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First Privately-funded Railway Begins Operation

A railway linking Quzhou and Changshan in east China's Zhejiang Province, the first railway funded in part by private investment since 1949, began operating on Friday.

With a length of 41 kilometers, the feeder railway would be used mainly for cargo transport, said Wang Feng, deputy chief of the Shanghai Railways Administration.

Quzhou-Changshan railway would be included as a section of another planned trunk railway linking Quzhou to Jingdezhen and Jiujiang, both cities in east China's Jiangxi Province.

The Quzhou-Jingdezhen-Jiujiang railway was an important link, joining major railways in China, including the Beijing-Kowloon line between the capital and Hong Kong.

Construction on the Quzhou-Changshan line began in November 2005 and was completed at a cost of 675.1 million yuan (US$84.39 million).

Funding was provided by the Shanghai Railways Administration, Changshan County State-Asset Operation and Management Co. Ltd., Zhejiang Provincial Railways Investment Group Co., and Changshan Cement Co., Ltd., a private business.

Changshan Cement, which has a materials production base in Changshan, holds an 18.88-percent stake in the railway.

Wang said Quzhou-Changshan railroad was a tiny section out of China's massive railway network, but it served as a milestone in the country's efforts to reform financing for railway construction.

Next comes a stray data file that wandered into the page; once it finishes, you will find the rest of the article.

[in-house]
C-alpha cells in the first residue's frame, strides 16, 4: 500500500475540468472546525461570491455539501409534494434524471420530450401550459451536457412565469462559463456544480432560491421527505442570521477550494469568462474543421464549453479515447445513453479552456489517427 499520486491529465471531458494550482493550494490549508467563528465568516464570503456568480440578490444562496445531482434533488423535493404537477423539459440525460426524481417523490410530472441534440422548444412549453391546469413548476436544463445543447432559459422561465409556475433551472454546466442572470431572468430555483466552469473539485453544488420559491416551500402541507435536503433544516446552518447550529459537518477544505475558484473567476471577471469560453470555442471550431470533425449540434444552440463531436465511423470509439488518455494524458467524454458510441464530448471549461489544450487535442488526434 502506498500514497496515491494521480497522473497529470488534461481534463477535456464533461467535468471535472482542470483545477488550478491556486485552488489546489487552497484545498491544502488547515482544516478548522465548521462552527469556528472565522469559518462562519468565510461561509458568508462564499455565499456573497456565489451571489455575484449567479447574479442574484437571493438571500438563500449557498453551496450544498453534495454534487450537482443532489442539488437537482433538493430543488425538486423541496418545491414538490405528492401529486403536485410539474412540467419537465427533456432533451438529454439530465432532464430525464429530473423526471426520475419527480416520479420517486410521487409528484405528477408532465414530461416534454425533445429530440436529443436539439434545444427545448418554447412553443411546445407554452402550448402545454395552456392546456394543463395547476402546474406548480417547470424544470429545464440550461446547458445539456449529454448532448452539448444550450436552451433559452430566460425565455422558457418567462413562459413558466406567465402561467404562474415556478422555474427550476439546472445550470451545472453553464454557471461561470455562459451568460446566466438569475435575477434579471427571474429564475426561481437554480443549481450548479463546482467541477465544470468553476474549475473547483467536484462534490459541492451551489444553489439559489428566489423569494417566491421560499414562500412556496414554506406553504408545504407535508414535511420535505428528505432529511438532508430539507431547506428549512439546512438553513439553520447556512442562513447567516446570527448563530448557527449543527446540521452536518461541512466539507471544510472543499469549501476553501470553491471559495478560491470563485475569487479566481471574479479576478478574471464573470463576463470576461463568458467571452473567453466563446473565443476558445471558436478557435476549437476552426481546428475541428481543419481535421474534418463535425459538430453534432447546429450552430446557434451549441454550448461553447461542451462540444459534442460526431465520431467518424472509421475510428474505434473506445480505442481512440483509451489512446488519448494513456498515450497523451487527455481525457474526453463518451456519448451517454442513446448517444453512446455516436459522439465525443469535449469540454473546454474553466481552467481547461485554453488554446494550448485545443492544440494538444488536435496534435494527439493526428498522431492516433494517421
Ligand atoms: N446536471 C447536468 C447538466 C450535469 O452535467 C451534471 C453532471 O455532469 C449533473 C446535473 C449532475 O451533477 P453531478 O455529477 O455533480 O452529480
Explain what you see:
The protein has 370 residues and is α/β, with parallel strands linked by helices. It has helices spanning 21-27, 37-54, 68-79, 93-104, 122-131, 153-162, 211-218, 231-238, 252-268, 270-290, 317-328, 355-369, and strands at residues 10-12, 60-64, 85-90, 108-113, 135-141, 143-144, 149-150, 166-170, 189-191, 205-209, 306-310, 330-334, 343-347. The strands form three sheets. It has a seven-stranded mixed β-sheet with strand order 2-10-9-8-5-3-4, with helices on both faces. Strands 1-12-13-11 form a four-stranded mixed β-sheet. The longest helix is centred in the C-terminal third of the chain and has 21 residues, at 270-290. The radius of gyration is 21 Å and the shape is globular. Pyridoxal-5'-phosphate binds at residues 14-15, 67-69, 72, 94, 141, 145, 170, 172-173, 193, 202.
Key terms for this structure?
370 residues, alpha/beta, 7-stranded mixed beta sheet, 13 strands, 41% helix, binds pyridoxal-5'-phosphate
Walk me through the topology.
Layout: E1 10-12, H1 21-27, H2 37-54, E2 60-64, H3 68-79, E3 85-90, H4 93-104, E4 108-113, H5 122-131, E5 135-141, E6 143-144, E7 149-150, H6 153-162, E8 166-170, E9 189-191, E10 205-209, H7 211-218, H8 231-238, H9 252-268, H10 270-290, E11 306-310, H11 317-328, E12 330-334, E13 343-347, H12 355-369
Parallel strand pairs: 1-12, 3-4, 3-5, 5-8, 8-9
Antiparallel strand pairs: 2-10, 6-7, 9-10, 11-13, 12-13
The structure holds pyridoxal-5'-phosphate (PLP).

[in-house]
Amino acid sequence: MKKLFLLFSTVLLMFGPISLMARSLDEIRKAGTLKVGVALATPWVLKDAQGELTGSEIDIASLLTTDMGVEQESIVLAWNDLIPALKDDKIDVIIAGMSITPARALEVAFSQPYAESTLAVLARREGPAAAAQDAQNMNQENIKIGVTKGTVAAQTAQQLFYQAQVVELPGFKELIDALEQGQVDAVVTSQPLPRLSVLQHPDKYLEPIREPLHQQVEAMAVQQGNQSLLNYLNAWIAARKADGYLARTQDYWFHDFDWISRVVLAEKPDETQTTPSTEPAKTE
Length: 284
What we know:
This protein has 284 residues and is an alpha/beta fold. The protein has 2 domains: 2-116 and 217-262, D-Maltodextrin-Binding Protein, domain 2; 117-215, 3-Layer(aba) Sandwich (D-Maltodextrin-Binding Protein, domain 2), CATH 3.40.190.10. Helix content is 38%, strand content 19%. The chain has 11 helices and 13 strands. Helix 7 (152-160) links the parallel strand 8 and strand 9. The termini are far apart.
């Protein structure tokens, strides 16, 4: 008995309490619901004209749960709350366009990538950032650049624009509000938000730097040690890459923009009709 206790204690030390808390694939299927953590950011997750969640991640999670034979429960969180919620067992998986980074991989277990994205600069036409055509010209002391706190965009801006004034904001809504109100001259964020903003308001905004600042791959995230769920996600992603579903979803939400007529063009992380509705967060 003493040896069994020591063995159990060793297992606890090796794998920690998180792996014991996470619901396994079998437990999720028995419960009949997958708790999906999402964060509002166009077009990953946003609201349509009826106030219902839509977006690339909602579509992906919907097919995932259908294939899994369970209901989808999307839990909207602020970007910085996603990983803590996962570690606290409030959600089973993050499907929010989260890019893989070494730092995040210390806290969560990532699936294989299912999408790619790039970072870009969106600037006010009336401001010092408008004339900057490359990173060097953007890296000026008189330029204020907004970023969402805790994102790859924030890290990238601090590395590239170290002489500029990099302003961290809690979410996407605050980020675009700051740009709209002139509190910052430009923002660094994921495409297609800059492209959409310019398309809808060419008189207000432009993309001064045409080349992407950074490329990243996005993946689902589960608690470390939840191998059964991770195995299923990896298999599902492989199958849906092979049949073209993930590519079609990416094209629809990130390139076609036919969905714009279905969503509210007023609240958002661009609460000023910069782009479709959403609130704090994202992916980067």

Previously, railway investment in China had long been monopolized by governments at central and local levels.

After the private investment in Quzhou-Changshan railway was published in February 2005, the preparatory group for construction of the Wuhan-Guangzhou passenger express rail in June 2005 announced that they would raise 24 billion yuan (US$3 billion) from home and abroad to build the trunk line.

The funds would make up about 20 percent of the 116.6 billion yuan (US$14.58 billion) needed to finance the Wuhan-Guangzhou passenger express line, while the Ministry of Railways would provide 51 percent, and local governments in the three provinces of Guangdong, Hunan and Hubei would cover the remainder.

When the express railway is put into service, a trip from Wuhan to Guangzhou will take four hours, compared with seven at present, and the Beijing-Guangzhou trunk railway line will only handle cargo services.

The Chinese mainland had 76,600 km railways in service last year, ranking third in the world by length after the United States and Russia.

In accordance with a blueprint for medium and long-term development of railway networks approved by the State Council, China's cabinet, 100,000 km of railways will be in operation by 2020.

It is estimated that in the next 15 years, two trillion yuan (US$250 billion), or 100 billion yuan (US$12.5 billion) a year, will be spent on construction of railway networks in China.

(Xinhua News Agency September 29, 2007)

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